"These three things we did for the Israeli company, which led us to build revenue and eventually sell it”.

"You need more products for women"

What caused the field of medical devices to cool off for a while, and what is heating it up now?

"The big players in the field have gone through a period of consolidation. Now it is over and they have again cash available for purchases. There is competition again among purchasers over existing products. However, there are fewer companies, because some of the funds moved to invest in digital only and there are no good investors or managers left to the classical medical equipment companies. That is why whoever is successful is acquired.

"From the market point of view, there is a great need for medical devices that will allow patients to be rushed out of the hospital: minimally invasive technologies, postoperative treatment, rehabilitation. All these products have a digital interface. We do not rule out investing in products that have a digital component, provided that the person making the decision is the surgeon. These are the areas in which we are strong.

"For example, we invested in a company called Blue Belt Technologies, which was sold to Smith & Nephew for $275 million. The company developed a robotic system for artificial knee implantation. The system itself is more based on software than on hardware, but it is a medical product purchased by the hospitals for surgeons, and therefore suitable for us”.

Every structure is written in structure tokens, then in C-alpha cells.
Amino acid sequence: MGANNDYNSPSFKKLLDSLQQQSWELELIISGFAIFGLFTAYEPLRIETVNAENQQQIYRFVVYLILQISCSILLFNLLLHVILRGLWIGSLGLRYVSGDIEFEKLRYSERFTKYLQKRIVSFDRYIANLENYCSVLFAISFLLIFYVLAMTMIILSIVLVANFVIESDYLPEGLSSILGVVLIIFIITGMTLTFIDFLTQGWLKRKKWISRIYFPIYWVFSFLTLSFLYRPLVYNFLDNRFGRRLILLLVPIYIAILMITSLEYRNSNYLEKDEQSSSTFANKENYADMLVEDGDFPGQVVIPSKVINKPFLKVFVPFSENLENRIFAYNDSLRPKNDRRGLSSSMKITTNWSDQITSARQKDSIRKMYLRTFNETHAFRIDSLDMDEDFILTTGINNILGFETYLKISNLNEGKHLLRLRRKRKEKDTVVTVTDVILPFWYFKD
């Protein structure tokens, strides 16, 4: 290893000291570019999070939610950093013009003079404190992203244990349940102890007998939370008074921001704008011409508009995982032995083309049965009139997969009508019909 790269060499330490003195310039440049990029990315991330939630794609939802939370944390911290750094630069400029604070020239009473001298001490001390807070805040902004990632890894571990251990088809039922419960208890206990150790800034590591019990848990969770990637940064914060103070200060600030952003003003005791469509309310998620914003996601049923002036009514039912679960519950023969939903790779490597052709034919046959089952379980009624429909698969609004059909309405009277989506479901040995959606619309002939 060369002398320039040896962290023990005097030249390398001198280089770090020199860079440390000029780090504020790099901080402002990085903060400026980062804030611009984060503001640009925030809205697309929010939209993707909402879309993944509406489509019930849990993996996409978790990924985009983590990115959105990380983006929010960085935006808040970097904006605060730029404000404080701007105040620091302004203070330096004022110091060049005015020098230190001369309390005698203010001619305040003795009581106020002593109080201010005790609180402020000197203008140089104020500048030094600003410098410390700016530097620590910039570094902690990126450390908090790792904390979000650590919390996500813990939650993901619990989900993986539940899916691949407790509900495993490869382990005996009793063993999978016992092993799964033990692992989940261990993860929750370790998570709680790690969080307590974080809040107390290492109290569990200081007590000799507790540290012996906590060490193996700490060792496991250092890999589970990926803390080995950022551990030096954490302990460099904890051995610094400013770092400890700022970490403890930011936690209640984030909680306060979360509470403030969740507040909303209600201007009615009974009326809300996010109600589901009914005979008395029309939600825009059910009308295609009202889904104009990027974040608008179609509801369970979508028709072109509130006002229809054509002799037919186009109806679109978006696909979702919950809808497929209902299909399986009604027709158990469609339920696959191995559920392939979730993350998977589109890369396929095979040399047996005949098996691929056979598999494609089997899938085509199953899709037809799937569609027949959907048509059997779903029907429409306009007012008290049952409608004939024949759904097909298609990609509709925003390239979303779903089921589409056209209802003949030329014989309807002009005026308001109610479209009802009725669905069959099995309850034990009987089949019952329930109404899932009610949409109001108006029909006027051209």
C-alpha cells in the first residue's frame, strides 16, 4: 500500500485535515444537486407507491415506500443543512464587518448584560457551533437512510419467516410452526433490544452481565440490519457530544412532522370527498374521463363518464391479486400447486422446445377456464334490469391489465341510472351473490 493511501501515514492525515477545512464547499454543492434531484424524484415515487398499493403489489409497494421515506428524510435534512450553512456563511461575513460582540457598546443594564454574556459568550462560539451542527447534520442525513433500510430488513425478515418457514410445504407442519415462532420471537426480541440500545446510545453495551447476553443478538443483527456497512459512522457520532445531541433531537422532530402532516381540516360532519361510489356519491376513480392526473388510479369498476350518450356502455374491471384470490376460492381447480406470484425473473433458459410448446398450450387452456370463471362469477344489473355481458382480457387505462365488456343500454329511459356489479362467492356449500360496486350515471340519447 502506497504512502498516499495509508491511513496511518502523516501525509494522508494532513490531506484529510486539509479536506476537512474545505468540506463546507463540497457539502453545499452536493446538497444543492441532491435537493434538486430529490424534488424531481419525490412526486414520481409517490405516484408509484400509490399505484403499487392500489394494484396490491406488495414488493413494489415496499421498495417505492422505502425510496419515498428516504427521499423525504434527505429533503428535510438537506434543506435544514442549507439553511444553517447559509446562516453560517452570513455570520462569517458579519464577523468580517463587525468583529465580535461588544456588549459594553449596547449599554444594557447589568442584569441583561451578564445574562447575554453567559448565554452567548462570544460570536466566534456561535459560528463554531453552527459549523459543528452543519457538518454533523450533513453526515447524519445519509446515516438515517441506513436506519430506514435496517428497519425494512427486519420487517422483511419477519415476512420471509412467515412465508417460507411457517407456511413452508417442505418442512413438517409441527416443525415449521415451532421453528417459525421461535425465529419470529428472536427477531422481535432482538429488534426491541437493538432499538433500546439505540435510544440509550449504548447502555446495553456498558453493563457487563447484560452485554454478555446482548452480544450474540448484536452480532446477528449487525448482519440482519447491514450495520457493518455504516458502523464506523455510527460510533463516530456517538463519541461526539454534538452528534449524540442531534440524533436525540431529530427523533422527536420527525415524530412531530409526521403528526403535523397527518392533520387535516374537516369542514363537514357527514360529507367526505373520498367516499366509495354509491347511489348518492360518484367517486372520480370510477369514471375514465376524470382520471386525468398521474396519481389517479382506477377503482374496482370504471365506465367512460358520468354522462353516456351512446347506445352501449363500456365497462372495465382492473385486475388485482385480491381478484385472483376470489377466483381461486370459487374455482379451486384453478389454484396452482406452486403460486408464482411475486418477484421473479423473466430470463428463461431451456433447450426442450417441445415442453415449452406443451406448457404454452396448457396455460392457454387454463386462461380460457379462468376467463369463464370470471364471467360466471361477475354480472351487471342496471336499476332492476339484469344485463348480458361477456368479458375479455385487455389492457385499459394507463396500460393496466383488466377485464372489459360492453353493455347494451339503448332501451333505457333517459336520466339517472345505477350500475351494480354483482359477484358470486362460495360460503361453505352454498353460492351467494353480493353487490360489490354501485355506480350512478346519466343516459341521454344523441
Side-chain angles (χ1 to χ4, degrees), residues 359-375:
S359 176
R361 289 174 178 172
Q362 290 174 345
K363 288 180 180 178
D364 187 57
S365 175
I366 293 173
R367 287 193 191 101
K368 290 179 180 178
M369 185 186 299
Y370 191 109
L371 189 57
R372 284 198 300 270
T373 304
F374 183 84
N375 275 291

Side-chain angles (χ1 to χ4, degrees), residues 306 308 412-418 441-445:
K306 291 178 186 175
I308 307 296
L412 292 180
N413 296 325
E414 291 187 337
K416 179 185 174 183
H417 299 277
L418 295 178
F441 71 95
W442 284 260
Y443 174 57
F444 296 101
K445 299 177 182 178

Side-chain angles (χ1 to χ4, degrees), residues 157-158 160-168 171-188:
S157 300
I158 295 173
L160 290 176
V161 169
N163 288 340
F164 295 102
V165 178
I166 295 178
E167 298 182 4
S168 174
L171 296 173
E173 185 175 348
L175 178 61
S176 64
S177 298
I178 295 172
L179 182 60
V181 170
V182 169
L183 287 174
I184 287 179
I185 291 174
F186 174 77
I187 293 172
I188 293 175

What other successes did you have?

"Our control of Biohorizons Implant Systems, which operates in the field of dental implants and tissue regeneration, has been sold to the leading dental company, Henry Schein. Another company, OrthoAccel, is developing a dental bridge that improves the movement of teeth by vibration, and significantly shortens the time it takes to assemble a bridge to achieve the desired alignment of teeth”.

What are the trending areas that you think are in the medical device sector?

"I believe that the combination of alternative biological tissues or innovations is the next thing, alongside women's health - that is underfunded where new products are needed."

Published by Globes,, Israel business news - - on June 6, 2019

© Copyright of Globes Publisher Itonut (1983) Ltd. 2019

Ariella Golomb Photo: PR
Ariella Golomb Photo: PR